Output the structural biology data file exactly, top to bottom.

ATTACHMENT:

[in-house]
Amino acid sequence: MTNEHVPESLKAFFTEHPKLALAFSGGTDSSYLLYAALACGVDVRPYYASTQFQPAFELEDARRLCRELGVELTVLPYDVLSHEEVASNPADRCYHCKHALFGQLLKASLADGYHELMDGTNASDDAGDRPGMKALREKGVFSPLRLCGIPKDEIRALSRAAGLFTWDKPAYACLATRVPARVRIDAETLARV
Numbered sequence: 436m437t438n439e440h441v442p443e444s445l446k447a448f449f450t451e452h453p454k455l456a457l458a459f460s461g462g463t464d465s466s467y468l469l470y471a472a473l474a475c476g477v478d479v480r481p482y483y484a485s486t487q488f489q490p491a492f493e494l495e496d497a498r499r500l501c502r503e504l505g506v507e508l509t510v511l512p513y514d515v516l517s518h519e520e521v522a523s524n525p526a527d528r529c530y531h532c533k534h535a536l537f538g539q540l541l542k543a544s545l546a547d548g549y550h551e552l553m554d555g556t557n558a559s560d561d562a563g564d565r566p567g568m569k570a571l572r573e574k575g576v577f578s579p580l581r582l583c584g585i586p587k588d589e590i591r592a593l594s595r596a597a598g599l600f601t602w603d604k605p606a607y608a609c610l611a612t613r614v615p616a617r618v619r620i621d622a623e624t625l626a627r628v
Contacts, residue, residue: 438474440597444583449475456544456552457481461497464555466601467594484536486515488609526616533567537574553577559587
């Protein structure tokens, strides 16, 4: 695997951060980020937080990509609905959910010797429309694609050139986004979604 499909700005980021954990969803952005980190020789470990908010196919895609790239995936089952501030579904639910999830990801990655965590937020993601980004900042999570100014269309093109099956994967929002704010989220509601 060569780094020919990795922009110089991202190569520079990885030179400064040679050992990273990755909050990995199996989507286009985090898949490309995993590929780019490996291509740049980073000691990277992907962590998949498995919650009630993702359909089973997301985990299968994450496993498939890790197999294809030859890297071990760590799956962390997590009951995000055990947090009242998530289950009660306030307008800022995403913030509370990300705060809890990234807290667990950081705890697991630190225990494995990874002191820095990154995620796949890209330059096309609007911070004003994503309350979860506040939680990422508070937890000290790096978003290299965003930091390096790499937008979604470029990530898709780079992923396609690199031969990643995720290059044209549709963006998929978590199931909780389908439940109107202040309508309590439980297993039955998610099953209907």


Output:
[in-house]
Amino acid sequence: MTNEHVPESLKAFFTEHPKLALAFSGGTDSSYLLYAALACGVDVRPYYASTQFQPAFELEDARRLCRELGVELTVLPYDVLSHEEVASNPADRCYHCKHALFGQLLKASLADGYHELMDGTNASDDAGDRPGMKALREKGVFSPLRLCGIPKDEIRALSRAAGLFTWDKPAYACLATRVPARVRIDAETLARV
Numbered sequence: 436m437t438n439e440h441v442p443e444s445l446k447a448f449f450t451e452h453p454k455l456a457l458a459f460s461g462g463t464d465s466s467y468l469l470y471a472a473l474a475c476g477v478d479v480r481p482y483y484a485s486t487q488f489q490p491a492f493e494l495e496d497a498r499r500l501c502r503e504l505g506v507e508l509t510v511l512p513y514d515v516l517s518h519e520e521v522a523s524n525p526a527d528r529c530y531h532c533k534h535a536l537f538g539q540l541l542k543a544s545l546a547d548g549y550h551e552l553m554d555g556t557n558a559s560d561d562a563g564d565r566p567g568m569k570a571l572r573e574k575g576v577f578s579p580l581r582l583c584g585i586p587k588d589e590i591r592a593l594s595r596a597a598g599l600f601t602w603d604k605p606a607y608a609c610l611a612t613r614v615p616a617r618v619r620i621d622a623e624t625l626a627r628v
Contacts, residue, residue: 438474440597444583449475456544456552457481461497464555466601467594484536486515488609526616533567537574553577559587
């Protein structure tokens, strides 16, 4: 695997951060980020937080990509609905959910010797429309694609050139986004979604 499909700005980021954990969803952005980190020789470990908010196919895609790239995936089952501030579904639910999830990801990655965590937020993601980004900042999570100014269309093109099956994967929002704010989220509601 060569780094020919990795922009110089991202190569520079990885030179400064040679050992990273990755909050990995199996989507286009985090898949490309995993590929780019490996291509740049980073000691990277992907962590998949498995919650009630993702359909089973997301985990299968994450496993498939890790197999294809030859890297071990760590799956962390997590009951995000055990947090009242998530289950009660306030307008800022995403913030509370990300705060809890990234807290667990950081705890697991630190225990494995990874002191820095990154995620796949890209330059096309609007911070004003994503309350979860506040939680990422508070937890000290790096978003290299965003930091390096790499937008979604470029990530898709780079992923396609690199031969990643995720290059044209549709963006998929978590199931909780389908439940109107202040309508309590439980297993039955998610099953209907």